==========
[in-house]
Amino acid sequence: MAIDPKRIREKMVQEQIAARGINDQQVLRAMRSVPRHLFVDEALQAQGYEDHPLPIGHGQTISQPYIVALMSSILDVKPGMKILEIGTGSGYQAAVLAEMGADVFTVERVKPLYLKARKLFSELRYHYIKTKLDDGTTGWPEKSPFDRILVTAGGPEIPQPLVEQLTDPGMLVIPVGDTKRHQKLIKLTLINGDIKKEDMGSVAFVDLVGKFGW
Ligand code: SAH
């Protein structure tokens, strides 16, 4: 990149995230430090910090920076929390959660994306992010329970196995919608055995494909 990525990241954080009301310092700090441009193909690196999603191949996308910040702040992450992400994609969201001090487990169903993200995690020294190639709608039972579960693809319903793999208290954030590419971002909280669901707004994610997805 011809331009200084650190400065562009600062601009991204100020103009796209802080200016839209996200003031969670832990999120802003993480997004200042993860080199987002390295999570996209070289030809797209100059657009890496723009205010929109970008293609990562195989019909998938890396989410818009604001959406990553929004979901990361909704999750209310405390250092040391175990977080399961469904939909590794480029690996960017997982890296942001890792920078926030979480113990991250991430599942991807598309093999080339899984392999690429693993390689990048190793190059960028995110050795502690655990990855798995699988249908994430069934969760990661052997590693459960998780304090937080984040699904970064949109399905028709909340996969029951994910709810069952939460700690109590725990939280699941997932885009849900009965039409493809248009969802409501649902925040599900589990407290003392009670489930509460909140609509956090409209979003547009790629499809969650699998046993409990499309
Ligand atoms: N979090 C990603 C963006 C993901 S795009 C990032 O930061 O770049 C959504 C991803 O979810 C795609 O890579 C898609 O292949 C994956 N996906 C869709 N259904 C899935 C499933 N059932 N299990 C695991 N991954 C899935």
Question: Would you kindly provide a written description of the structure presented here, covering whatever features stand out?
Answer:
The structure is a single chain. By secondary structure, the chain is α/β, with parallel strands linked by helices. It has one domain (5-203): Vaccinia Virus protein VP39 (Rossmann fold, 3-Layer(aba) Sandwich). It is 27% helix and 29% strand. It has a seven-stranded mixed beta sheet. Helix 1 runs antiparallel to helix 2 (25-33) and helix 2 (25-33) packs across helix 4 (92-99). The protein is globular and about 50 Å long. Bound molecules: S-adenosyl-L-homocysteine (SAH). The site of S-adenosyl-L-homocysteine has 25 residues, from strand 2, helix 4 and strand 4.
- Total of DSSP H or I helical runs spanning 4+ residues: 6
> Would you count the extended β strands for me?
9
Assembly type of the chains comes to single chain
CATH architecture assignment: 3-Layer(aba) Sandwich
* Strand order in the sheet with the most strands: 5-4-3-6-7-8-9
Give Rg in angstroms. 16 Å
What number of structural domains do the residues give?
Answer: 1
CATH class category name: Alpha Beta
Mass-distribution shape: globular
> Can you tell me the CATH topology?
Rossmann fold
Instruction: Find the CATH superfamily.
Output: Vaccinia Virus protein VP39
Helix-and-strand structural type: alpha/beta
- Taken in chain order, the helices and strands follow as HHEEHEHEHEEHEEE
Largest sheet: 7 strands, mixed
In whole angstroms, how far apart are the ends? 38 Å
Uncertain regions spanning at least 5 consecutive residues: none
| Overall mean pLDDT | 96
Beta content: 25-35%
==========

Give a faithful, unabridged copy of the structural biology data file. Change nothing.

[in-house]
Amino acid sequence: MAIDPKRIREKMVQEQIAARGINDQQVLRAMRSVPRHLFVDEALQAQGYEDHPLPIGHGQTISQPYIVALMSSILDVKPGMKILEIGTGSGYQAAVLAEMGADVFTVERVKPLYLKARKLFSELRYHYIKTKLDDGTTGWPEKSPFDRILVTAGGPEIPQPLVEQLTDPGMLVIPVGDTKRHQKLIKLTLINGDIKKEDMGSVAFVDLVGKFGW
Ligand code: SAH
């Protein structure tokens, strides 16, 4: 990149995230430090910090920076929390959660994306992010329970196995919608055995494909 990525990241954080009301310092700090441009193909690196999603191949996308910040702040992450992400994609969201001090487990169903993200995690020294190639709608039972579960693809319903793999208290954030590419971002909280669901707004994610997805 011809331009200084650190400065562009600062601009991204100020103009796209802080200016839209996200003031969670832990999120802003993480997004200042993860080199987002390295999570996209070289030809797209100059657009890496723009205010929109970008293609990562195989019909998938890396989410818009604001959406990553929004979901990361909704999750209310405390250092040391175990977080399961469904939909590794480029690996960017997982890296942001890792920078926030979480113990991250991430599942991807598309093999080339899984392999690429693993390689990048190793190059960028995110050795502690655990990855798995699988249908994430069934969760990661052997590693459960998780304090937080984040699904970064949109399905028709909340996969029951994910709810069952939460700690109590725990939280699941997932885009849900009965039409493809248009969802409501649902925040599900589990407290003392009670489930509460909140609509956090409209979003547009790629499809969650699998046993409990499309
Ligand atoms: N979090 C990603 C963006 C993901 S795009 C990032 O930061 O770049 C959504 C991803 O979810 C795609 O890579 C898609 O292949 C994956 N996906 C869709 N259904 C899935 C499933 N059932 N299990 C695991 N991954 C899935």
Question: Would you kindly provide a written description of the structure presented here, covering whatever features stand out?
Answer:
The structure is a single chain. By secondary structure, the chain is α/β, with parallel strands linked by helices. It has one domain (5-203): Vaccinia Virus protein VP39 (Rossmann fold, 3-Layer(aba) Sandwich). It is 27% helix and 29% strand. It has a seven-stranded mixed beta sheet. Helix 1 runs antiparallel to helix 2 (25-33) and helix 2 (25-33) packs across helix 4 (92-99). The protein is globular and about 50 Å long. Bound molecules: S-adenosyl-L-homocysteine (SAH). The site of S-adenosyl-L-homocysteine has 25 residues, from strand 2, helix 4 and strand 4.
- Total of DSSP H or I helical runs spanning 4+ residues: 6
> Would you count the extended β strands for me?
9
Assembly type of the chains comes to single chain
CATH architecture assignment: 3-Layer(aba) Sandwich
* Strand order in the sheet with the most strands: 5-4-3-6-7-8-9
Give Rg in angstroms. 16 Å
What number of structural domains do the residues give?
Answer: 1
CATH class category name: Alpha Beta
Mass-distribution shape: globular
> Can you tell me the CATH topology?
Rossmann fold
Instruction: Find the CATH superfamily.
Output: Vaccinia Virus protein VP39
Helix-and-strand structural type: alpha/beta
- Taken in chain order, the helices and strands follow as HHEEHEHEHEEHEEE
Largest sheet: 7 strands, mixed
In whole angstroms, how far apart are the ends? 38 Å
Uncertain regions spanning at least 5 consecutive residues: none
| Overall mean pLDDT | 96
Beta content: 25-35%